From a purely psychological point of view, it is, to say the least, highly improbable that the score of survivors of the Third Reich picked out and put into the dock by the prosecution, have ever formed a gang of conspirators in the sense of the Indictment. In this group of people all homogeneity as to outlook, background, education, social position and function is lacking, and some of the defendants only met in the dock.

The prosecution considers the Party with its organizations as the nucleus around which the conspiracy formed. We should, however, in this connection, too, consider the different individual attitude. Some of the defendants have not been Party members at all, or, at any rate, not for a long time, and but few of them have played an important part in the Party. Some held top positions in the Party and its organization and devoted their entire activity to the aims of these organizations, while others did everything in their power to eliminate from their sphere of activity any influence of Party and SS.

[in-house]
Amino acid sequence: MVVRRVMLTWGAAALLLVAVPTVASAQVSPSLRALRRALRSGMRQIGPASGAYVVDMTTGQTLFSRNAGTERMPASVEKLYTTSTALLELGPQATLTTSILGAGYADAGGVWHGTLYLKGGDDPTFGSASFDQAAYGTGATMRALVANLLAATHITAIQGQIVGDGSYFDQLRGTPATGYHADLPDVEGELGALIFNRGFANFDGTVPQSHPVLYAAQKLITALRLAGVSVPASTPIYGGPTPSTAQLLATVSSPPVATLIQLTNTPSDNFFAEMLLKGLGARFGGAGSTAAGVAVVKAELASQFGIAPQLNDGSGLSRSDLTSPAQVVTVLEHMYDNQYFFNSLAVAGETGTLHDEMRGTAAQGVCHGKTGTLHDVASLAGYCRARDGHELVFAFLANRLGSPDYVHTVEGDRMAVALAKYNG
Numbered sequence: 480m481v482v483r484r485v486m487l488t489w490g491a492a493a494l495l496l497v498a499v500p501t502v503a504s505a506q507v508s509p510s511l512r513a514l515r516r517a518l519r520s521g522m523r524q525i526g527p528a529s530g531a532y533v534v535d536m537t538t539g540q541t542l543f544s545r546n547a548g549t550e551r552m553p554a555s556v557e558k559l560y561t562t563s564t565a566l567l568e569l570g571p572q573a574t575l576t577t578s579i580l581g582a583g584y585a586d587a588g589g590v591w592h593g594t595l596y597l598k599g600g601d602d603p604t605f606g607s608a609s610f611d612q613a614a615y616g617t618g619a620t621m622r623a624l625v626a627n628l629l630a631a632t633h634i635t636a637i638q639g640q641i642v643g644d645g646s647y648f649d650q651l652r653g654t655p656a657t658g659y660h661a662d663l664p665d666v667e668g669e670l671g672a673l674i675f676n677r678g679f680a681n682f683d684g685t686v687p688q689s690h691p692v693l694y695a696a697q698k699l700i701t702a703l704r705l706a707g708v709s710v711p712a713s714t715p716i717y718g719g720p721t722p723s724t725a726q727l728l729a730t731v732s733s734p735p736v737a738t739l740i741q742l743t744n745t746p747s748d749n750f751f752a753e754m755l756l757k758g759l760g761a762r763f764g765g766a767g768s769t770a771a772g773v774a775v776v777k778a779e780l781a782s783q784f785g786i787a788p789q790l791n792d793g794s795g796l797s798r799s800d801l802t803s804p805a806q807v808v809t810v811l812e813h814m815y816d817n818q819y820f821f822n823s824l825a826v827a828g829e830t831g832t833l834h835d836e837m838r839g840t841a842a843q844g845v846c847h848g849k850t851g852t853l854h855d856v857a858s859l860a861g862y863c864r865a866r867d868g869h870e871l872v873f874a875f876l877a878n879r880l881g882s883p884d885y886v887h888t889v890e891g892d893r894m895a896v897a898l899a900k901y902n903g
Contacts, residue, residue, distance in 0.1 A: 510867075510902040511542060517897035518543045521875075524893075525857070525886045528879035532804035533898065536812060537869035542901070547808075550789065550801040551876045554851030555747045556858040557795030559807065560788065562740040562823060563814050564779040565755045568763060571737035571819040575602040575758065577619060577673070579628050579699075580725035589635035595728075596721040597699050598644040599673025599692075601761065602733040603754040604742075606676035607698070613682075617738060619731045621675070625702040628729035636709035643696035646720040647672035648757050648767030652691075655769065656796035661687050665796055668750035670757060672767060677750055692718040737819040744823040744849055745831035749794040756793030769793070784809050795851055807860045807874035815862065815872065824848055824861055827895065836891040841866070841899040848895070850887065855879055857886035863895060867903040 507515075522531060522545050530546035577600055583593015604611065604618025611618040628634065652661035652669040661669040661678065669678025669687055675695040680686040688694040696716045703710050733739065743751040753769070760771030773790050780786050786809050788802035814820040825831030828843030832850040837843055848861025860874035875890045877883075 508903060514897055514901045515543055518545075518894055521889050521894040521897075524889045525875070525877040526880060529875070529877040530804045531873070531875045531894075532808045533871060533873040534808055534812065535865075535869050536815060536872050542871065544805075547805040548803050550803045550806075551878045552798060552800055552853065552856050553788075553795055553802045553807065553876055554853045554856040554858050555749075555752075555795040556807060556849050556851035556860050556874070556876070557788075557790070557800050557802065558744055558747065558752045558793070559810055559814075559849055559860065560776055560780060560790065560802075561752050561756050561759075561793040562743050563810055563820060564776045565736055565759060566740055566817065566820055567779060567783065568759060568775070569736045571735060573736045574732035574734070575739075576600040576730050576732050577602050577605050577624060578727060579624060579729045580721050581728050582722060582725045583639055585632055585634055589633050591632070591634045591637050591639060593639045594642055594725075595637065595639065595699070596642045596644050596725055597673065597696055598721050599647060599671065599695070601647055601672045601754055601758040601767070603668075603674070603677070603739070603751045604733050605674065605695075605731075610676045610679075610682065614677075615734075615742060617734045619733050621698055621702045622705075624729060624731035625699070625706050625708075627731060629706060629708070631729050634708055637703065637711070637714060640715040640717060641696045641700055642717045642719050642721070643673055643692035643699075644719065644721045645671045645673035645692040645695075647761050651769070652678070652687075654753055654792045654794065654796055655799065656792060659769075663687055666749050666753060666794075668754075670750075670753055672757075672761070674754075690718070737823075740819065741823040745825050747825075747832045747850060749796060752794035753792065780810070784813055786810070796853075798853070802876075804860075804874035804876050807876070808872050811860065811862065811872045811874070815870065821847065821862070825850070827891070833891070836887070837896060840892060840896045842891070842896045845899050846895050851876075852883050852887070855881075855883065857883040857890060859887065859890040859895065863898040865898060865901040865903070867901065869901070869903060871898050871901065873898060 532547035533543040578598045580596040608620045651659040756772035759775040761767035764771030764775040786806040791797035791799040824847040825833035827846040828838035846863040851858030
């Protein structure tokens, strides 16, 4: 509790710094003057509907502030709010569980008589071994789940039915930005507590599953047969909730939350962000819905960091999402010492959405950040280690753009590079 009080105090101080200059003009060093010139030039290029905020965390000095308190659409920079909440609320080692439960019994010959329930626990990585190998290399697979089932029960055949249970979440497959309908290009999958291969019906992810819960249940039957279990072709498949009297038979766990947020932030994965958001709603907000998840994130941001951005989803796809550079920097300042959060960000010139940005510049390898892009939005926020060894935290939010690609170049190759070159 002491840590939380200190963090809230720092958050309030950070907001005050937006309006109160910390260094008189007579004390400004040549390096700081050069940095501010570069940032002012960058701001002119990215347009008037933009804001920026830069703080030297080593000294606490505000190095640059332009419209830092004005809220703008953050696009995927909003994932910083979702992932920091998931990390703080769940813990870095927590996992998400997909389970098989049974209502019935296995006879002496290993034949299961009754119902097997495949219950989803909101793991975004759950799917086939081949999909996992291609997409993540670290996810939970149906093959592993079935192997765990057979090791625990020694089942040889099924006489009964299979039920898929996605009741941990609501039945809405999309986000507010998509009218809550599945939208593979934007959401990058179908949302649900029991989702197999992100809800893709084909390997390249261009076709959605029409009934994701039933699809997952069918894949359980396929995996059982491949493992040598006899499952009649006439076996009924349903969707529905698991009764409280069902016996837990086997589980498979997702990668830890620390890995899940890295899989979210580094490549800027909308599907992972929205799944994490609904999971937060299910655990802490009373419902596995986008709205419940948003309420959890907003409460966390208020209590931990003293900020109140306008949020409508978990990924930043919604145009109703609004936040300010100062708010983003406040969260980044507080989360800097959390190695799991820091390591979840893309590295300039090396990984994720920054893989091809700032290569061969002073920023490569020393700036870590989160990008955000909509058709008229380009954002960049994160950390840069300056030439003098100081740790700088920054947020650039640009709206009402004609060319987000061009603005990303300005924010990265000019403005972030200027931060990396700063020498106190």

The NSDAP was founded in a period of utter powerlessness of the State and of general war-weariness of the people at a time when, truly, no intelligent person thought of a second war or, even less, of a war of aggression.

But were any of the defendants' aims unattainable without war?

Surely, the wishful thinking of every true German was the union of all adjoining German territory with the Reich. This applied to the Saar territory, Austria Memel, Danzig, and, as a hope lingering in the far future, also to the Sudeten territory. In the past they all had been parts of the German Reich, they all would have already returned to the German Reich in 1919 if the right of self-determination solemnly promised to all peoples had been realised. But these objectives of German longing could be reached by peaceful means. And in fact they have been reached without a shot or a stroke with the one exception of Danzig, which would have been done in the same peaceful way if the Fuehrer had had a spark of patience and the Poles, a spark of good will.